After the Holidays: Tips to Removing & Recycling the Christmas Tree

The pine needles from the Christmas tree are beginning to fall. Find out how to remove and recycle your real Christmas tree.

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It was fun dressing up the Christmas tree before the holiday, but now post-Christmas, it’s time remove the real Christmas tree before more pine needles fall and litter the floor.

Rather than add to the landfill, recycle your real tree. There are approximately 33 million real Christmas trees sold each year in North America, according to the National Christmas Tree Association, and by recycling the trees it can all be put to good use.

Real Christmas trees can be recycled to chips to use as mulch around shrubs, flowerbeds and to even help with beachfront erosion barriers. If you have a potted Christmas tree, consider planting it after the holidays or donating it to a local school or nursing home that would like to have trees planted in their grounds.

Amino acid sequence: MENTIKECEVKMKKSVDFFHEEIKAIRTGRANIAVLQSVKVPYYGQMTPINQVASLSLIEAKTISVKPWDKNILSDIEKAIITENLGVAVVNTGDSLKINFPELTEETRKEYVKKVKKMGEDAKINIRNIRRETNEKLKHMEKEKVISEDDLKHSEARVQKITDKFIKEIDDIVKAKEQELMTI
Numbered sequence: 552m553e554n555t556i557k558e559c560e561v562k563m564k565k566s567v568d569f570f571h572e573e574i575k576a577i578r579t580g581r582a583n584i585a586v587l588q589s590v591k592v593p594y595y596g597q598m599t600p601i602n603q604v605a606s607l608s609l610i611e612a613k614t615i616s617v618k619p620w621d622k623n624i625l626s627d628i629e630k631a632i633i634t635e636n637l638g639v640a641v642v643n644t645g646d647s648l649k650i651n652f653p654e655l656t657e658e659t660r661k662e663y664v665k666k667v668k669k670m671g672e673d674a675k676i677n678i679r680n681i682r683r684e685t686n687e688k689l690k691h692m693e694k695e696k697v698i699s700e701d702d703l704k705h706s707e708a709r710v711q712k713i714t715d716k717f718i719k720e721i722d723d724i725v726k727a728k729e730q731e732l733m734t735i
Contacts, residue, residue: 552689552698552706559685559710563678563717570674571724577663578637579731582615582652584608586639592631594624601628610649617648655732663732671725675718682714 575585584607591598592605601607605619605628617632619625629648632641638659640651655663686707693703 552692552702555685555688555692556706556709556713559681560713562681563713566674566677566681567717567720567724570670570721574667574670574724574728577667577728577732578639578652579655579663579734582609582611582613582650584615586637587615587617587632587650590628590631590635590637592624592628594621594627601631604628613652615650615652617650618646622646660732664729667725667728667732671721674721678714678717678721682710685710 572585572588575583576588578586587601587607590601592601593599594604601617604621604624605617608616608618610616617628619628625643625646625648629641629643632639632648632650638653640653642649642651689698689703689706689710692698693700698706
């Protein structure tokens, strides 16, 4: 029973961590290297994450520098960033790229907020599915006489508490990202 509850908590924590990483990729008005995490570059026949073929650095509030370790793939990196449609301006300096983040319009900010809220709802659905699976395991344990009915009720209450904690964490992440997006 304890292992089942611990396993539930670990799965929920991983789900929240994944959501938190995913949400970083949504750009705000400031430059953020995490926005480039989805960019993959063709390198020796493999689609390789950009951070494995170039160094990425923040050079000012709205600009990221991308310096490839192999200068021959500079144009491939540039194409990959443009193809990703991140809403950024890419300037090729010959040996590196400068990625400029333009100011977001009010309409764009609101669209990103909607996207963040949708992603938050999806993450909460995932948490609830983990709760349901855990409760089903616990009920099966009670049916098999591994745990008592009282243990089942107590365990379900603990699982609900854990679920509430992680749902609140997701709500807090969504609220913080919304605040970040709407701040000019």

The options for recycling a Christmas tree are plentiful with drop-off locations and pick-up dates in many local communities. Even select Home Depot locations are participating in Christmas tree recycling and accepting drop-offs. To check for local tree recycling options, check Earth911 (click on “Recycle Search” at the top of the page and search “Christmas Trees” with your zip code).

Tips to Getting Your Tree Ready for Drop-Off or Pick-Up

  • Remove all decorative material and the tree stand. It should only bear what’s naturally part of the tree.
  • Any leftover pine needles on the floor is better off swept up. Pine needles can clog vacuum cleaners.
  • Cut oversized trees to length. In some locales it should not be more than 4 feet in length or it must fit inside your yard waste container.
  • Check the schedule - most curbside pick-ups take place for two weeks after Christmas.

Source: National Christmas Tree Association

Photo by Marcelo Terraza, via Free Images.